Earth is neither a very large nor a very small planet. But it is the home planet, the site of all life, and the place from which the entire universe is viewed.
Astronomers and geologists study other worlds to learn about Earth and its planetary family. They now believe that the planets condensed from spinning rings of debris left over from the Sun’s birth.
Earth is not in a perfect spherical shape. It is flattened at the poles. Its diameter is 7,900 miles (12,700 kilometers) from pole to pole. It is 7,920 miles (12,750 kilometers) around at equator.
Geodesy is the study of Earth’s shape. Modern geodetic scientists know Earth’s shape from photographs taken from space. But people had long-ago reached that conclusion. For example, people noticed that distant ships seemed to drop below the horizon. Early astronomers watched the movement of a lunar eclipse: Earth cast a curved shadow on the Moon. So Earth was round.
The mass of an object tells us how much matter is in it. In 1735, mathematician Pierre Bouguer estimated Earth’s mass. Today scientists know that Earth weighs 6.59 x 1021 tons (5.98 x 1021 metric tons). To figure its density, they divide Earth’s mass by its volume. The planet’s air, water, and rock would weigh about 5.5 times the same amount of water. This makes Earth the densest of all planets.
Gravity is the force that pulls everything toward Earth’s center. Earth also acts as a huge magnet. It has north and south poles. (The magnetic poles are not in the same place as the geographic poles.) A compass works because of Earth’s magnetism.
Earth is made up of air, water, and solid ground. Scientists call these the atmosphere, hydrosphere, and lithosphere. These terms come from Greek roots. Atmos means vapor. Hydro means water. Lithos means stone.
Earth is surrounded by layers of gases called the atmosphere. This shields the planet from deadly radiation and meteors. The atmosphere also acts as a blanket to keep Earth’s temperature stable. This blanket is made of 21 percent oxygen, 78 percent nitrogen and 1 percent other gases. It also contains dust and water vapor.
When viewed from space, Earth might be called the blue planet. Three-quarters of its surface is covered with water. This is the hydrosphere. Earth is the only planet known to have liquid water. The oceans, lakes, and rivers are filled with plants and animals. The hydrosphere provides food, fertilizers, and industrial materials. The oceans produce salt and many other important chemicals.
The lithosphere is the solid part of Earth. It has a solid outer mantle about 1,740 miles (2,800 kilometers) thick. The crust is made up of rock and soil and constitutes the top 25 miles (40 kilometers) of the mantle.
Geophysicists use seismic waves to learn about the interior. Below the mantle lies the core. It is about 4,400 miles (7,100 kilometers) across. The core has a solid inner core and a molten outer core.
Fossils convinced scientists that Earth was very old. Scientists now measure Earth’s age from radioactive elements. By knowing how long these take to decay, geologists can calculate the age of the rocks or minerals they are in. Several radioactive elements, or isotopes, are commonly used. The most famous of these is carbon-14.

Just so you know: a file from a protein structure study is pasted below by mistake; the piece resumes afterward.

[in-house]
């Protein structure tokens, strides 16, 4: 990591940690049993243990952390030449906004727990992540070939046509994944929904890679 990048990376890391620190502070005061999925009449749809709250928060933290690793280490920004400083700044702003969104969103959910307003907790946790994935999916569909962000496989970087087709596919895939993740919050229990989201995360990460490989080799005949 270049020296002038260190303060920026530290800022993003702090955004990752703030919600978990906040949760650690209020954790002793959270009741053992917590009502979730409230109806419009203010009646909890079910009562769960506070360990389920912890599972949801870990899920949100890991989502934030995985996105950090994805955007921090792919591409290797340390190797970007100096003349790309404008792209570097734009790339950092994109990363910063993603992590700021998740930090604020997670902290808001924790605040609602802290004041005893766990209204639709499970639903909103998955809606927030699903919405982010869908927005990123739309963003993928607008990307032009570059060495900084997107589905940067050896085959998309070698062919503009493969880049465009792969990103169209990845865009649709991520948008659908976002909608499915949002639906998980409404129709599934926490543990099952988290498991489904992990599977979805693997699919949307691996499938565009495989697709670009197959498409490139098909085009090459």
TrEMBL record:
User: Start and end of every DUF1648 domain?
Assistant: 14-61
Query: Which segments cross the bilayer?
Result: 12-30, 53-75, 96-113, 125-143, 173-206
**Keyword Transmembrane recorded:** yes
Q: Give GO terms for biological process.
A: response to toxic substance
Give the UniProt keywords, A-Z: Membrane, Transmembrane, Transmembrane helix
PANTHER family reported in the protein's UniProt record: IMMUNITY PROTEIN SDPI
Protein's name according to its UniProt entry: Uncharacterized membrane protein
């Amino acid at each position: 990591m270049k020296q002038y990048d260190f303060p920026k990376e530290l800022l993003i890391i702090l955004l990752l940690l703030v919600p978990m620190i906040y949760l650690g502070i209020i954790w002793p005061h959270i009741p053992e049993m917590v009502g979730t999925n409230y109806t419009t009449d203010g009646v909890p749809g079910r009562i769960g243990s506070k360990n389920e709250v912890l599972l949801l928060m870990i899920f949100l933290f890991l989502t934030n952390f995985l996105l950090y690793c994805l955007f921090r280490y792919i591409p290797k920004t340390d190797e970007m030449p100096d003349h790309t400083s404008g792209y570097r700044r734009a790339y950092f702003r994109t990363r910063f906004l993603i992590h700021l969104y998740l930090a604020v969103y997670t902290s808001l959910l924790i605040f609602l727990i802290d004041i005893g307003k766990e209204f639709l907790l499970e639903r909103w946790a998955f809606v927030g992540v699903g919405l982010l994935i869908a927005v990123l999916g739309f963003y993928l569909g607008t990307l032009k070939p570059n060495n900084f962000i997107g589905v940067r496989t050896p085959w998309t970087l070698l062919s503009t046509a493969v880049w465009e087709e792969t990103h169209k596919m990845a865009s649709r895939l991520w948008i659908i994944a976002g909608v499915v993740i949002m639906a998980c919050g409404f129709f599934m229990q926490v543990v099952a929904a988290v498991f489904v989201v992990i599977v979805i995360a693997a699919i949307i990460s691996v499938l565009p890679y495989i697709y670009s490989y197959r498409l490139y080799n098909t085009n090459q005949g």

Scientists have learned that the oldest known rocks were formed about 4.2 billion years ago. They believe Earth itself to be about 4.6 billion years old.
People in ancient times believed that Earth stood still. They thought that the Sun, Moon, and stars moved around us. It is now known that Earth turns on its axis. The planet spins once every 23 hours, 56 minutes, 4.09 seconds. In 1851 the French scientist Jean-Bernard-Léon Foucault proved this with a pendulum. He attached a heavy, pointed weight to a long rope that was suspended from a tall ceiling over a layer of sand. As the pendulum swung back and forth, the point marked its motion in the sand on the floor. The markings followed different directions. The Foucault pendulum showed that Earth must be turning.
It is the earth’s rotation that causes day and night. It makes air currents turn to the right in the Northern Hemisphere and to the left in the Southern Hemisphere. The name of this phenomenon is Coriolis Effect.
As Earth rotates, it also revolves around the Sun. The journey takes 365 days, 6 hours, 9 minutes, 10 seconds. This is called a sidereal (star) year. Earth orbits the Sun in a squashed circle called an ellipse. So Earth’s distance from the Sun changes slightly during the year. Its closest position is called perihelion, which occurs in early January. Its farthest position is called aphelion, which occurs in early July. At perihelion, Earth lies about 3 million miles (4.8 million kilometers) nearer to the Sun than at aphelion.
Earth’s axis is tilted about 23.5 degrees from its orbit. Each hemisphere tilts toward the Sun during part of its orbit. This is called summer. Winter occurs when the hemisphere is tilted away from the Sun. Earth speeds along its orbit at about 19 miles (30 kilometers) per second. It moves most rapidly at perihelion. Earth also follows the Sun’s motion. The Sun pulls the solar system on its own journey through the heavens. It revolves around the center of the Milky Way galaxy every 200 million years. This is called a cosmic year. The speed along this journey is about 143 miles (230 kilometers) per second.
Like a spinning top at a slant, Earth wobbles on its axis. This is known as precession. Precession is caused mostly by the pull of the Moon‘s gravity as it orbits Earth. It takes about 25,800 years to complete one wobble.
As Earth wobbles, its axis points toward different places in space. Today the axis aims toward Polaris, the North Star. This changes over many centuries. When the Egyptians were building pyramids, the star Thuban was the North Star. By A.D. 14,000, Vega will be the North Star. Polaris will return to that spot after one complete wobble.